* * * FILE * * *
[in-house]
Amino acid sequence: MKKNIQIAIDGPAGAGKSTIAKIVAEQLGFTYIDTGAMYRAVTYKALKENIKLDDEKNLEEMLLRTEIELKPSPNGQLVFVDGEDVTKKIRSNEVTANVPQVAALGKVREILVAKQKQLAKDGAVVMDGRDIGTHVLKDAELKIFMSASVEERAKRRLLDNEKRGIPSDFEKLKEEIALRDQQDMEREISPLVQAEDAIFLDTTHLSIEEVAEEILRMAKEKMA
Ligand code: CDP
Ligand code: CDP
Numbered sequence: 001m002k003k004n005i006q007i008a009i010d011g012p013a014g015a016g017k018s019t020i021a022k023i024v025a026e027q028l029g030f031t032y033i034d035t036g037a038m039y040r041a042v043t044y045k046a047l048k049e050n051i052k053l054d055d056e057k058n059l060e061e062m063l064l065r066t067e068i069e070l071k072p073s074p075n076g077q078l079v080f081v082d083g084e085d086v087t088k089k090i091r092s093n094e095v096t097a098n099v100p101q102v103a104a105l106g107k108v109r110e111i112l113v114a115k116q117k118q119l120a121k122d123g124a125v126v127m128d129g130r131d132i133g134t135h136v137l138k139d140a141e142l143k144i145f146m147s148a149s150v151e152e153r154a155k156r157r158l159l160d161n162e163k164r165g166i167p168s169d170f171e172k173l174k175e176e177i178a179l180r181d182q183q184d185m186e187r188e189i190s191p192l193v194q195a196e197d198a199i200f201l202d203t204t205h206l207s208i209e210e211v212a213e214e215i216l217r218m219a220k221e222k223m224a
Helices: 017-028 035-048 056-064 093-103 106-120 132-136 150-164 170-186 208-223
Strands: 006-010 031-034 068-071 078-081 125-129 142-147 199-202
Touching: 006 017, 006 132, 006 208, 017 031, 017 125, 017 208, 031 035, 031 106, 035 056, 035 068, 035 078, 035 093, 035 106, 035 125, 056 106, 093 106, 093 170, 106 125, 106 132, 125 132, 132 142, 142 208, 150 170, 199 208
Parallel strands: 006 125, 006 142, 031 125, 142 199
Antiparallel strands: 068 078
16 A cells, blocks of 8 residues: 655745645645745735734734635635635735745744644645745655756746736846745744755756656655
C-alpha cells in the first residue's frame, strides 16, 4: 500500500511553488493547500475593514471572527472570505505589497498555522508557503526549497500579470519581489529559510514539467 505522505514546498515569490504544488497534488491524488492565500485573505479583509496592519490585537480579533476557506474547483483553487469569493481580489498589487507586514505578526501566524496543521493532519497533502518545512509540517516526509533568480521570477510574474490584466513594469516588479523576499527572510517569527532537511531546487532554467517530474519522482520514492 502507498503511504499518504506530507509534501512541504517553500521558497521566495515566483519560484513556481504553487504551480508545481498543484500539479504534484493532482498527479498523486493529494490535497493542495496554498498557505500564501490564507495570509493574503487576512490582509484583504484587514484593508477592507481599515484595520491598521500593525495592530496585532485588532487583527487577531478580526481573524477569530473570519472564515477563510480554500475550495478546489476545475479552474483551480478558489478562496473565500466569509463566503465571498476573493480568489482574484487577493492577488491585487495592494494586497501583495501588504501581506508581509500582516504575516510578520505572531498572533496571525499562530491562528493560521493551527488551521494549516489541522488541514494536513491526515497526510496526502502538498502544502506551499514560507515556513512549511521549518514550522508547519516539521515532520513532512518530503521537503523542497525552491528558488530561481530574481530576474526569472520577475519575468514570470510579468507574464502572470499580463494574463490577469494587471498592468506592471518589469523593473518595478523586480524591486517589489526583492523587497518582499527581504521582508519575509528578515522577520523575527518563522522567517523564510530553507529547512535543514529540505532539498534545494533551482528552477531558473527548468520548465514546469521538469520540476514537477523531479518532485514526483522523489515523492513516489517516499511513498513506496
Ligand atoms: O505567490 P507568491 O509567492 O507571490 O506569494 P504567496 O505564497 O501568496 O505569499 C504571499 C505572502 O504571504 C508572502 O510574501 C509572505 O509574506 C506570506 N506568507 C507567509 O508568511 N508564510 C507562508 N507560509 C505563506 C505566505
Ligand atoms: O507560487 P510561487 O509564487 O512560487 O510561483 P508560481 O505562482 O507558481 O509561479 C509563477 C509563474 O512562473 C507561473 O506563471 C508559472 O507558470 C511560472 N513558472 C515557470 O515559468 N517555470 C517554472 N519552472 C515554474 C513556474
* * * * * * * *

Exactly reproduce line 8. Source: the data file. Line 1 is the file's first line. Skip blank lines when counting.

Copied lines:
Touching: 006 017, 006 132, 006 208, 017 031, 017 125, 017 208, 031 035, 031 106, 035 056, 035 068, 035 078, 035 093, 035 106, 035 125, 056 106, 093 106, 093 170, 106 125, 106 132, 125 132, 132 142, 142 208, 150 170, 199 208